What’s really going on here is that these coaches are imposing their values, their goals in life, they beliefs on you. If you really want to see 1000 visits per week, that’s great, go for it. But don’t believe the lie that you can’t be happy without seeing high volume, or that high volume equals high income.

It urns out the low volume practice fit my lifestyle better. I wanted to help people get well, make a good living, and spend time with my family. None of those things require high volume.

What about you? What do you want out of your practice? If you want a high volume practice, tell us why? Let us know in the comments below.

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6 Responses to “The High Volume Myth and Chiropractic Marketing”

  1. Joseph Doughty, DC Says:

    Well said, again doc.

    I spoke with a friend of mine who was trained in the high volume model of practice. She was having numerous problems with her rotator cuff and shoulder from the “high volume” of patient care she provided and took about a year off from practice before getting started again. It takes a toll on the body.
    A “patient centric” practice is concerned with the number of people who get help, not just an number who get an adjustment. Striking the balance between volume, profit and overhead is why it is called practice.
    Sadly, the guilt and judgment are in every profession. However, I believe it is one of the key barriers holding this profession hostage. Way too much competition among docs. Where’s the race? What’s the goal? Make the most money? See the most people? It is very ego driven.

  2. Richard Hargreaves Says:

    “I was making a huge impact on the patients I did see each week.”

    PERFECT

  3. Doug DeSalvo Says:

    I am in full agreement with this blog. The only issue with volume is if a doctor has a goal to hire an associate to handle the overflow. The lead doctor then needs to create volume he or she does not necessarily want to handle themselves until they can afford to hire the associate. The next problem is finding a competent associate who is a good fit for the practice.

  4. Dr. Behm Says:

    I have always felt the the average $ per visit was important. I agree with you completely. I believe in working smart and hard not just hard.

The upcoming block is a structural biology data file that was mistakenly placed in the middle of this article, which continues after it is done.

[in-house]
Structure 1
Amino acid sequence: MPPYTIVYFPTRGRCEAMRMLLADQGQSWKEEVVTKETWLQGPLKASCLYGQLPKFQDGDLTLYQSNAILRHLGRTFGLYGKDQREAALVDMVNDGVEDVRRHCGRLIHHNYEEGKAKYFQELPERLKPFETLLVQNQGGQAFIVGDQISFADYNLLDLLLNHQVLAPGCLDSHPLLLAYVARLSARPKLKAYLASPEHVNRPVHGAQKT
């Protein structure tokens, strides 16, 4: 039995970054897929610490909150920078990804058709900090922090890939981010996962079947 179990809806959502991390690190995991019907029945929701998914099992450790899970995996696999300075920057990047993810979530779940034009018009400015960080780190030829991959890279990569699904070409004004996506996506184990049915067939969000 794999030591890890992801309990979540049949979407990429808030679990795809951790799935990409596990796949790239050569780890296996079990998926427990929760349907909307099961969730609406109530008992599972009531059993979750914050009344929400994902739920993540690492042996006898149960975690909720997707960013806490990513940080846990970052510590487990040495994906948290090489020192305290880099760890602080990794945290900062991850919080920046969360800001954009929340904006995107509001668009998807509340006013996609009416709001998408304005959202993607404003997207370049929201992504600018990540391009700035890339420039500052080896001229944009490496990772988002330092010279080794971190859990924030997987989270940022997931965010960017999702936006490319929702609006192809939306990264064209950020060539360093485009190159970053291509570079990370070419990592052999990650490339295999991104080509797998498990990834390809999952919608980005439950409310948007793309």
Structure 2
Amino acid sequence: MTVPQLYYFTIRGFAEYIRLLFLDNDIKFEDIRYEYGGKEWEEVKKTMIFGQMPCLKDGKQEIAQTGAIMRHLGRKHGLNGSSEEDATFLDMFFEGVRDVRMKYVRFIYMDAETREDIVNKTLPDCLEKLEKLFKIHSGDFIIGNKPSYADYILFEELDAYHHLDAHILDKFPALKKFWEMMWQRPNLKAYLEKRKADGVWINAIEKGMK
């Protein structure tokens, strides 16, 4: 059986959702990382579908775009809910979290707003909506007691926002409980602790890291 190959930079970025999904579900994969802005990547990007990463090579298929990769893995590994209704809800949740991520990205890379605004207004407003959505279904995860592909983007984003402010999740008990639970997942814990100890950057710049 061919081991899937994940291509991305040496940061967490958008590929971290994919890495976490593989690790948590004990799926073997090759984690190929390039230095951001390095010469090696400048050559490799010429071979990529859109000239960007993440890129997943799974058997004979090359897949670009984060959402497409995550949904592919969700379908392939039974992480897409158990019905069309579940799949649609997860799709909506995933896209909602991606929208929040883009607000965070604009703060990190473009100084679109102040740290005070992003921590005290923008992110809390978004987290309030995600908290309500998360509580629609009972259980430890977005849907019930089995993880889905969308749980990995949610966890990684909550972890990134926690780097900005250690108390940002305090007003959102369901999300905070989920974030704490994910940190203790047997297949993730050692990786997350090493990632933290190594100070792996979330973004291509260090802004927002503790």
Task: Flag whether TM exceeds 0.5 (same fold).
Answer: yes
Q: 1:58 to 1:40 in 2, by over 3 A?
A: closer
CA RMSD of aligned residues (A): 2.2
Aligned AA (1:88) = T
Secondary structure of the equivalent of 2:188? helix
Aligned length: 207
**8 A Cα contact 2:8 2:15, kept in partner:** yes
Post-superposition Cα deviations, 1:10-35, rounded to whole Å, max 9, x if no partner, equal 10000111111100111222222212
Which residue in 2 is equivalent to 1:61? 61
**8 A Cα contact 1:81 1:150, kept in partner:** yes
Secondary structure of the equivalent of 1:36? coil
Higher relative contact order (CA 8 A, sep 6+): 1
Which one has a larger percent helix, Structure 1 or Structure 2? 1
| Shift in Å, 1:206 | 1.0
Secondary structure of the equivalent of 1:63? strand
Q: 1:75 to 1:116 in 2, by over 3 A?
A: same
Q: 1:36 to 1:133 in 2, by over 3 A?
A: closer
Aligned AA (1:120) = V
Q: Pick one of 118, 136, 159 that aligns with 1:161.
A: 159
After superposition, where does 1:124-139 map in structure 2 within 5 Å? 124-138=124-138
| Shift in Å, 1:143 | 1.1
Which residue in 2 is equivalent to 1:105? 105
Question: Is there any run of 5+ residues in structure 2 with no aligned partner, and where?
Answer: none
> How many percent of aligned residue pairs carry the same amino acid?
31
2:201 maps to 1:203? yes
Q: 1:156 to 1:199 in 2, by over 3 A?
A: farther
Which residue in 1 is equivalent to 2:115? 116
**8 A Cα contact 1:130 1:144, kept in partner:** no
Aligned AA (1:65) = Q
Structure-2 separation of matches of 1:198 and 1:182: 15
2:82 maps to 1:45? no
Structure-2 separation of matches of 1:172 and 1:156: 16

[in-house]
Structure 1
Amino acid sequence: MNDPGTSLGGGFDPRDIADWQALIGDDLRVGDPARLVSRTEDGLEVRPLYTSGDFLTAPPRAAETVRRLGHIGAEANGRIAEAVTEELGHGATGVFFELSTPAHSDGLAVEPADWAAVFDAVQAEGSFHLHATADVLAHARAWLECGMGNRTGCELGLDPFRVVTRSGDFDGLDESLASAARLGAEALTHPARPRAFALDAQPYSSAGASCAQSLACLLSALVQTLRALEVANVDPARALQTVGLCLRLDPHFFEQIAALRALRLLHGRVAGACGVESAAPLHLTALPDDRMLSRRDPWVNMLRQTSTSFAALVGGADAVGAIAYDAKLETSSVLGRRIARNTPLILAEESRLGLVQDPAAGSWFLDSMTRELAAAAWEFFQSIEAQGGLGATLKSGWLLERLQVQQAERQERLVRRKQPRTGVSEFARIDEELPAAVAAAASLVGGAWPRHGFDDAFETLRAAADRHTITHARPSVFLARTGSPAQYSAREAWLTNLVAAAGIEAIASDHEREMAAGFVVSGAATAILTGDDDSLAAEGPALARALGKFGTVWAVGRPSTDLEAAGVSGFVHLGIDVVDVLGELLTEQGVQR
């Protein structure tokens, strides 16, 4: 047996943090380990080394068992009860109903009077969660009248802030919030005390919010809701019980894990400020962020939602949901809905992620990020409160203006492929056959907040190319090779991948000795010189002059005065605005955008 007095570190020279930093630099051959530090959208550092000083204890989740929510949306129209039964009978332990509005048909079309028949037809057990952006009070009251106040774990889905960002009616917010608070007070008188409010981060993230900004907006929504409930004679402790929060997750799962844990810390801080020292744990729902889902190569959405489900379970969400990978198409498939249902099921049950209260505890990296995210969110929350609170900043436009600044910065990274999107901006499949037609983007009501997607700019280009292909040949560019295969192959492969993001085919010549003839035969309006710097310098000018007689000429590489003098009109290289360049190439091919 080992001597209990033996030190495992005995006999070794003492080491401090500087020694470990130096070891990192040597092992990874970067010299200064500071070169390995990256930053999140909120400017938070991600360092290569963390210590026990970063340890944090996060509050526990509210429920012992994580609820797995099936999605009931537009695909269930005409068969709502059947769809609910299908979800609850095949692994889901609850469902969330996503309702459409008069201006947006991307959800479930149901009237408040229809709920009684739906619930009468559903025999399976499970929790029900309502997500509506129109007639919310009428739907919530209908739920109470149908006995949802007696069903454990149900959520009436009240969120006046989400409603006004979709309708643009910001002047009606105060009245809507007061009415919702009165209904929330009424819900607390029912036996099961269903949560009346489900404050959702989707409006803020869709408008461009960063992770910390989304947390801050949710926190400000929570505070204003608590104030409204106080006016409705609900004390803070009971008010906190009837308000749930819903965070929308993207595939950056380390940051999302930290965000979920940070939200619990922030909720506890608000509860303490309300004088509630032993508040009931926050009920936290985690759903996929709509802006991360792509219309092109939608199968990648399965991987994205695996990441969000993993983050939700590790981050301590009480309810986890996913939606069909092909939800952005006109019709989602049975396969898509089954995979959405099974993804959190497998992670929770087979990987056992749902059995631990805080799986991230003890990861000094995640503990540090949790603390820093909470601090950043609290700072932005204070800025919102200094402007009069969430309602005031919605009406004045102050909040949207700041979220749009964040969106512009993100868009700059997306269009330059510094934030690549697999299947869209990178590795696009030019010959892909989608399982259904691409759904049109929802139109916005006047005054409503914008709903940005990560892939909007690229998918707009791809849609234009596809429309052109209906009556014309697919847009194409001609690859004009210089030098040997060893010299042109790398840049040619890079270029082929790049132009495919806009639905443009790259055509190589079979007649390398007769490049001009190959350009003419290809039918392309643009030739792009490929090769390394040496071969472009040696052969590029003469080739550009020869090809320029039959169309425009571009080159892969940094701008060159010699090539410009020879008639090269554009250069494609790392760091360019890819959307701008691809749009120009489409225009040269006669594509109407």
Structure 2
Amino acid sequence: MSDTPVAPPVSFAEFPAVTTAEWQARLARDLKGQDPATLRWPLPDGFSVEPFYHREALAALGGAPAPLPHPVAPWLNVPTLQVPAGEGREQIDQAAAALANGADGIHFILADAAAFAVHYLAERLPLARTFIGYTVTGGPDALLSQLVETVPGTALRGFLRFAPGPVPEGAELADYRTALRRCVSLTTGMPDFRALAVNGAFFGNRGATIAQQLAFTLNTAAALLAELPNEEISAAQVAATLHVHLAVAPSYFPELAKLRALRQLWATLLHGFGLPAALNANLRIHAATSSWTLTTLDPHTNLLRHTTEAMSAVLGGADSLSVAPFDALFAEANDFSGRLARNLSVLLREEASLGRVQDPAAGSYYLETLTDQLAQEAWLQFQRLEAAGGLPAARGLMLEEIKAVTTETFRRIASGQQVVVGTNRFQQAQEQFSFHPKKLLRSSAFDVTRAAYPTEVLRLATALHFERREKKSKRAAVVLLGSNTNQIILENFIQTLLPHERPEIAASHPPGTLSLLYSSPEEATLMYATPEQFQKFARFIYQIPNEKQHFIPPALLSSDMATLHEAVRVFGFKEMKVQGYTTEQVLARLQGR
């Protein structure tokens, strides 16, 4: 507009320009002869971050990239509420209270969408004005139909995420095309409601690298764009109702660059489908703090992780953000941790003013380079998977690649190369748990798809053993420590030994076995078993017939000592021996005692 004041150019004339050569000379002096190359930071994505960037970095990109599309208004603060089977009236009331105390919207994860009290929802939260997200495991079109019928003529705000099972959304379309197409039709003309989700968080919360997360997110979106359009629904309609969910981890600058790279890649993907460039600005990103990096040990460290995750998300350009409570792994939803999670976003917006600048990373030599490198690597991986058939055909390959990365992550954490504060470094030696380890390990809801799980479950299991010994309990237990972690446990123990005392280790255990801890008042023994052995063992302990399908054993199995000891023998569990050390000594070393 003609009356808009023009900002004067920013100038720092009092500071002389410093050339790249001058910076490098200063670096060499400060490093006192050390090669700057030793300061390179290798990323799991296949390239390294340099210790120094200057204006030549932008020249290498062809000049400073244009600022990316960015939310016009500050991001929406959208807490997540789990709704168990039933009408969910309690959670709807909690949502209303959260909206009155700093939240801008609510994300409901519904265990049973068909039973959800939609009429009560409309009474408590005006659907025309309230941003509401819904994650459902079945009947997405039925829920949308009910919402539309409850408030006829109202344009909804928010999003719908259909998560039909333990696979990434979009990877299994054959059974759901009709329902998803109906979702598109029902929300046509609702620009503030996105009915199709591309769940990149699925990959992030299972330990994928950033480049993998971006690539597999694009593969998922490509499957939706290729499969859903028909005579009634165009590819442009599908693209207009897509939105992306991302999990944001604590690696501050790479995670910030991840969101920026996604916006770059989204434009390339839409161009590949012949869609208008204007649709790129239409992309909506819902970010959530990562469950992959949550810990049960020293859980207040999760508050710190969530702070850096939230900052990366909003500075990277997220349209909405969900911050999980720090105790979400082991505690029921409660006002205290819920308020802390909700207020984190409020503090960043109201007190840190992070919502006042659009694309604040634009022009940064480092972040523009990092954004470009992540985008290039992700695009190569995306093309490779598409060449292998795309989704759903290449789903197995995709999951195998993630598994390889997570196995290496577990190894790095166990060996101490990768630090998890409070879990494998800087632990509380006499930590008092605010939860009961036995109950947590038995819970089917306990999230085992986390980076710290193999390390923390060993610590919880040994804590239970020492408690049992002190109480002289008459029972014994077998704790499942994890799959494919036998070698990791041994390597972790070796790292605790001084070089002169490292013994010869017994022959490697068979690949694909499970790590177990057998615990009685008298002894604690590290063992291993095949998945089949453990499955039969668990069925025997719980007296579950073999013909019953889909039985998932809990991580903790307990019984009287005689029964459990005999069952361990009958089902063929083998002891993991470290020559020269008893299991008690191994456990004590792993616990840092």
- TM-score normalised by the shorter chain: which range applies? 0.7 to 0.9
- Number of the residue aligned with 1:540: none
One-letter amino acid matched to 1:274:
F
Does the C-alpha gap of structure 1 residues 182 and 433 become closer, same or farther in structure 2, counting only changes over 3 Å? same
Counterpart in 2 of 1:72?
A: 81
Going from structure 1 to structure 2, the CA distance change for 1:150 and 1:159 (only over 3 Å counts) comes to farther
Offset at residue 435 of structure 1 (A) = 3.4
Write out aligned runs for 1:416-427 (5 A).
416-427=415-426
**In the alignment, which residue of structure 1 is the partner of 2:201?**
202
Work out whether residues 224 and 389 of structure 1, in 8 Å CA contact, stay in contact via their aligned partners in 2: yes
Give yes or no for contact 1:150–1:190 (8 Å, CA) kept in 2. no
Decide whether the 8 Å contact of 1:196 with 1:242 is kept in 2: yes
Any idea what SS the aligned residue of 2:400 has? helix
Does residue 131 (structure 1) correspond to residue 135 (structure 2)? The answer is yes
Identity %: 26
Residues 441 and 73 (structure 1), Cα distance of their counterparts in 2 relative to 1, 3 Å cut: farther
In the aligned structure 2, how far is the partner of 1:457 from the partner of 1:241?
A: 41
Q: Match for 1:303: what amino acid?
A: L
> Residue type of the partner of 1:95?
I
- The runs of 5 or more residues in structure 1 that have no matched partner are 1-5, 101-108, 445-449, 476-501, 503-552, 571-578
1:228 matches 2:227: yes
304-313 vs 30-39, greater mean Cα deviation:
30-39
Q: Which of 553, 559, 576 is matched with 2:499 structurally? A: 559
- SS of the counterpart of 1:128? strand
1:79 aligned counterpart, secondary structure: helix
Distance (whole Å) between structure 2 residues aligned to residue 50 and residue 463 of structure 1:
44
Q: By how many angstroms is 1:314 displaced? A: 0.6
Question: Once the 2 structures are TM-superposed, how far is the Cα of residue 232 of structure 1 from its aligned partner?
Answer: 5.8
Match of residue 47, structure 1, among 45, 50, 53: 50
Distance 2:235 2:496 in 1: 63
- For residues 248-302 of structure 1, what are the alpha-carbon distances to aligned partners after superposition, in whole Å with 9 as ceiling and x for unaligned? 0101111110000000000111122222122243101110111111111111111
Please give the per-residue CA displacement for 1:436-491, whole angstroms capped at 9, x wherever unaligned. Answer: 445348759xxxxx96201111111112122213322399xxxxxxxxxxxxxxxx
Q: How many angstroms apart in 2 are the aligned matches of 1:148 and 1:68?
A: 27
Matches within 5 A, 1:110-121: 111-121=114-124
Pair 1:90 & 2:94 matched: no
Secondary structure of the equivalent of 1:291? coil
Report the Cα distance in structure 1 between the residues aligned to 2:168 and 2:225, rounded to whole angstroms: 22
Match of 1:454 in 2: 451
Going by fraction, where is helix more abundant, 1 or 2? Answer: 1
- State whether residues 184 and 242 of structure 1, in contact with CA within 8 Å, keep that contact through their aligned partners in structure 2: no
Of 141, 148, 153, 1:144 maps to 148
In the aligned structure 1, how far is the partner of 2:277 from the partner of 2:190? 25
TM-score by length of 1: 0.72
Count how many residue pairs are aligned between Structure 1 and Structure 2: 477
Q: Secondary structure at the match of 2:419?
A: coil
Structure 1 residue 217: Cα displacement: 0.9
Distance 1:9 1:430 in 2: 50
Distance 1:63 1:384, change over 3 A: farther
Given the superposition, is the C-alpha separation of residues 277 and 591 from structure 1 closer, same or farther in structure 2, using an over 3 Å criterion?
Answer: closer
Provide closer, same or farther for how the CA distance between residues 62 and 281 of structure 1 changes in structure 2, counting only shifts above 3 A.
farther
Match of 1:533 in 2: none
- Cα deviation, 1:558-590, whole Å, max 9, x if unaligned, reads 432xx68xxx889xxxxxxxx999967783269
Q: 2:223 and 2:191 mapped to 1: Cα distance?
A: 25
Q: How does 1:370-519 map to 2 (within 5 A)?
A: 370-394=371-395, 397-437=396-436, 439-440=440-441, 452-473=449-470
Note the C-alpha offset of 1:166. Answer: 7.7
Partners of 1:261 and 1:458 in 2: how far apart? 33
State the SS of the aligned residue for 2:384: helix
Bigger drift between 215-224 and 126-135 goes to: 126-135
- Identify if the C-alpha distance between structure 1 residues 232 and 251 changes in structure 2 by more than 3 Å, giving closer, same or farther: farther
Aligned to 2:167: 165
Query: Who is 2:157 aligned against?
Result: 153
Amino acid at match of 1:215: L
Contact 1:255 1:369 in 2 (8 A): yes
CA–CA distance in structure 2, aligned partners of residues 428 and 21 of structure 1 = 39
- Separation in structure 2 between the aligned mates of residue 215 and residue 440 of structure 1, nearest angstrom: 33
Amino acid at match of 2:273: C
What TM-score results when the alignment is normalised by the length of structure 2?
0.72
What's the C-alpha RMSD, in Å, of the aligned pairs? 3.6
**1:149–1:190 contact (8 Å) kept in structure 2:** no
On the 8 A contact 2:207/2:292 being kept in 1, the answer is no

5. Tory Robson DC Says:

    Love this post. Very accurate. Of course you do want to see as many as you can every day. But I teach to NOT do it by giving away the farm.

    Mike, we appreciate what you are doing to help chirorpactors grow!

  6. Sean Says:

    I whole-heatedly agree! Let me tell you first hand that I personally built my practice up to 500 patient visits per week at an average of $30 per visit. I was miserable! Yes, I was seeing lots of patients and on the “mission”, but I had no time to work ON my business it was all spent working IN my business. I was constantly marketing on my breaks, staying late to do ROF’s, marking xrays and really feeling as if I was missing things with my patients. So I decided I would change the way I practiced. The interesting thing was that I increased my prices, decreased the length of my care plans and really charged for what I did and my visits have decreased, but my collections have increased! The thing that I like the most is less overhead (less appointments made at the front desk, less phones ringing, less problems to deal with, less staff required etc..) but also less stress!

    I was with a management group that was all about “Saving Lives”, and if you aren’t seeing 1000 patients per week, then your not on purpose. My personal opinion is that if saving lives means that we lose ours in the process….what have we gained. Yeah we may see 1000 pts per week, but what about my little son growing up never getting to see his own father. I am more excited about practice now than ever. Keep preaching the good work brotha!